A couple of listeners/readers have suggested that my focus on Worlds and Characters in tabletop roleplaying games looks a lot like FKR – the Free Kriegspiel Revolution (or Renaissance), itself a development of the OSR (Old School Renaissance) that came before it.
Putting aside my natural dislike of acronyms and labels, the question is a reasonable one and yesterday I gave it some serious thought. Opening up my Daybook notes, I thought it might be worth sharing what I discovered.
What is FKR?
Free Kriegspiel Revolution. Thanks to maendil for their comments and the links to a couple of great resources, which I’ll just quote from and reshare:
…free kriegsspiel (FK) is shorthand for “ancient school” RPG theory. That is, how were role-playing games played before role-playing games were published and “official”? What did they look like before D&D etc showed up in the early 1970s? In a very modest nutshell, tabletop wargames in the 1800s (“kriegsspiel,” in German) slowly evolved to a point where military strategists realized that a neutral referee (the “umpire”) could help arbitrate fog of war and interpretation of rules, making the game/simulation far more flexible and realistic. These umpires translated hard rules into “free” rulings, hence “free kriegsspiel.”D66 Classless Kobolds, “Free Kriegsspiel: Worlds, Not Rules, Etc.“
See these other useful resources:
“You play worlds, not rules.“
The idea that we play Worlds and not rules is very much in my ballpark… at least on first reading. I like this quotation from the D66 Classless Kobolds article cited above:
At its heart, FKR suggests that the world is a real place, the players/characters can act in any way which reasonably interacts with the fictional environment, and that narrative concepts reign over and above numbers and abstraction. John Ross sums this up wonderfully with the term “Tactical Infinity”
My issue arises with the claims of FKR around the rejection of rules.
I like rules in my games. When the OSR became all about “rules lite” games, I lost interest. The equally appealing OSR mantra of “rulings not rules” didn’t stand up to scrutiny because I could see how, as rulings get made, there is a need to codify them into a rulebook. The alternative is to rely on the incredibly poor memory of most humans to establish any kind of consistency in how the game is played.
Interestingly, maendil provided me with a further link to a blog talking about using “heftier” rules behind the screen. Here’s a quotation:
So from the outside lots of people are starting to assume the FKR means nearly no-rules roleplaying games. But if you look at Kriegsspiel itself, or even the kind of rulesets Arneson seemed fond of writing – sometimes there are a lot of rules. And this to me is an important thing to note. It’s not the amount of rules.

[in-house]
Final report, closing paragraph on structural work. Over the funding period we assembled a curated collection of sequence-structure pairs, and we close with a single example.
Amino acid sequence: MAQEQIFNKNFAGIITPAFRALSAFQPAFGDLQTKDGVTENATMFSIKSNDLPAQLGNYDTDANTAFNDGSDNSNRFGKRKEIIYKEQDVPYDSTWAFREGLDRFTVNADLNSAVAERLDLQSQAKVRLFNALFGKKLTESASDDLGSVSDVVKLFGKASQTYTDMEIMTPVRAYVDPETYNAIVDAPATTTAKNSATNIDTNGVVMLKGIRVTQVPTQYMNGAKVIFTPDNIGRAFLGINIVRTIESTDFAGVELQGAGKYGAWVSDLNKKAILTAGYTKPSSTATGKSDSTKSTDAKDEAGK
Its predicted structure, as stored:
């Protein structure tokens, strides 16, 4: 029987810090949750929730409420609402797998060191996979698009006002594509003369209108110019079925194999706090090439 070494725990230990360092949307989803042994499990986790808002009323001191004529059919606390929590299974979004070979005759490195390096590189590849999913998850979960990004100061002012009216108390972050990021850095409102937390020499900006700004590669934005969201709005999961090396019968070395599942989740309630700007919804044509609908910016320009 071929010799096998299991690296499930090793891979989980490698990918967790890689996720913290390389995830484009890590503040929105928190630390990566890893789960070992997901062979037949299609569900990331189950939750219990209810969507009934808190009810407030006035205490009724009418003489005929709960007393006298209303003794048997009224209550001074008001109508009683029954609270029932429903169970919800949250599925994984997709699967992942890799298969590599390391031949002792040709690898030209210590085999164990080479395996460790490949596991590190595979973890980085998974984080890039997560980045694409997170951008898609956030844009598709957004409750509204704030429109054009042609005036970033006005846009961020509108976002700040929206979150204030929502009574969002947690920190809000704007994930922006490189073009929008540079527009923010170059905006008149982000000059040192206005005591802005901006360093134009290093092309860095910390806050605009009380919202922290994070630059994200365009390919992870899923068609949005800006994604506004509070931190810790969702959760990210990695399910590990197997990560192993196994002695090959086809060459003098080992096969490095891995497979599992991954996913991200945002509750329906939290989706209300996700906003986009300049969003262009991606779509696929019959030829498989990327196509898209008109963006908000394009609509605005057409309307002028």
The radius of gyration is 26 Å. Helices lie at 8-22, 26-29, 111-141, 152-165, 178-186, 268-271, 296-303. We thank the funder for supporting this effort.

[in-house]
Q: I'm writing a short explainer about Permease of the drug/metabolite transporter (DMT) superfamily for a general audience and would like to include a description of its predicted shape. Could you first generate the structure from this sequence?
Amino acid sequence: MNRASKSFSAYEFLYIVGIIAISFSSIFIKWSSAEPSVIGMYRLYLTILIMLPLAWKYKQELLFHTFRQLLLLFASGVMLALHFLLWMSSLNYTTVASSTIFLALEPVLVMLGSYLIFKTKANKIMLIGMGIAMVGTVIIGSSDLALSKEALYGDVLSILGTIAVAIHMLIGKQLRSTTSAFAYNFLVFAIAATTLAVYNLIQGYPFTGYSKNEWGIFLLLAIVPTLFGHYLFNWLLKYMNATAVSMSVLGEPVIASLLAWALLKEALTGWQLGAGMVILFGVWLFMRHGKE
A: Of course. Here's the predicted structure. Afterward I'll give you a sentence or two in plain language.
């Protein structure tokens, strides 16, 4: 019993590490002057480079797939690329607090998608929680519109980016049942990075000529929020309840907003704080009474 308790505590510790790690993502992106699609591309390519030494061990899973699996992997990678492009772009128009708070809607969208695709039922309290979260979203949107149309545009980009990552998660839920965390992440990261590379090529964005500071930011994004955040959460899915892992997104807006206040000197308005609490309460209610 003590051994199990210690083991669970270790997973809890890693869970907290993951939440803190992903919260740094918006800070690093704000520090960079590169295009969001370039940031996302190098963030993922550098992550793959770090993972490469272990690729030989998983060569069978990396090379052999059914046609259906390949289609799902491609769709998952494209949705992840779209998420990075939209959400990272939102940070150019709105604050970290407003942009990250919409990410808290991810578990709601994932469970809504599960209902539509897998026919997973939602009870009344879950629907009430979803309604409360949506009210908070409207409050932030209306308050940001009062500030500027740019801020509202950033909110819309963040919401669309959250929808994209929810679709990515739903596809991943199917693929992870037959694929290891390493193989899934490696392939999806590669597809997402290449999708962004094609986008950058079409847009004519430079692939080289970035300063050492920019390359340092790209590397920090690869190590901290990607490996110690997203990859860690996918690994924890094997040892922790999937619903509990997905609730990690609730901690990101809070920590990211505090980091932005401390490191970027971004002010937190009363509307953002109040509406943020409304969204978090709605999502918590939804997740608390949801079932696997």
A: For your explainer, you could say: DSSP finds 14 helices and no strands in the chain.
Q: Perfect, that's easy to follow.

FKR to me is purely a relationship to rules…
The amount of crunch doesn’t impact the FKRishness, its if the table is focusing more on the fiction over the mechanics.aboleth-overlords.com, “FKR: It’s not the amount of rules“
That quoted, this article does appear to be more of an outlier from the general sense that FKR is really about a minimalist “ultra rules lite” approach:
These movements tend to primarily focus on very small rulesets – often stuff like “d6 roll for low” or contested 2d6 rolls, just because these kinds of rulesets allow the referee to really focus in on rulings. I think there’s also a bit of fondness for how Bob Meyer runs Blackmoor.
What has proven useful to me has been the question of what it means to strive for minimal rules. It’s also been good to consider how my relationship to the rules has shifted, dramatically really, over the past year or so. In Season 9, Episode 19 I said that:
- I want to play a game for the purpose of continuing the play.
- A game which is focused on exploring the World or Universe as a sandbox.
- Playing with immersion into character and immersion into the Otherworld as key outcomes.
- A game where characters are grounded and actions lead to results founded on realism instead of cinema.
- A game that has a developing methodology – a system focused on delivering the experience sought.
- Playing with as few rules visible to the players as possible.
- But also playing with rules that are robust enough to facilitate consistency.
- And rules that are flexible enough to be changed when the fluidity is required to keep the game alive.
- Playing with dice.
- And, of course, playing regularly.
My hesitation in aligning myself with the tenets of FKR – of accepting that label – have to do with the same reasons I ultimately felt outside of the OSR: my tastes require a solid rules system that is robust enough to facilitate consistency.
In a recent episode, responding to the question of how my ideas are different to FKR, I spoke about my sense of being not Free Kriegspiel but rather Semi-free Kriegspiel. I like the original (as in the wargame from Prussia) Kriegspiel’s use of dice and rules behind the screen (rather than the wargaming Free Kreigspiel innovation of giving the dice to players), but I also see the appeal of reducing the rules to being just what I need to remain consistent.
What’s my conclusion? I share some of the goals of FKR for sure – most notably wanting to put Character-immersion and Otherworld-immersion front and centre for the player’s experience. But I don’t want to limit myself to 2d6 and making things up completely on the fly – that approach is way too much effort for my brain to handle at the table. I like a robust set of game rules. My preference is to keep them out of the sight of players.
All that said, I am very grateful for the generous questions and helpful comments from readers and listeners alike. Especially maendil. Thank you.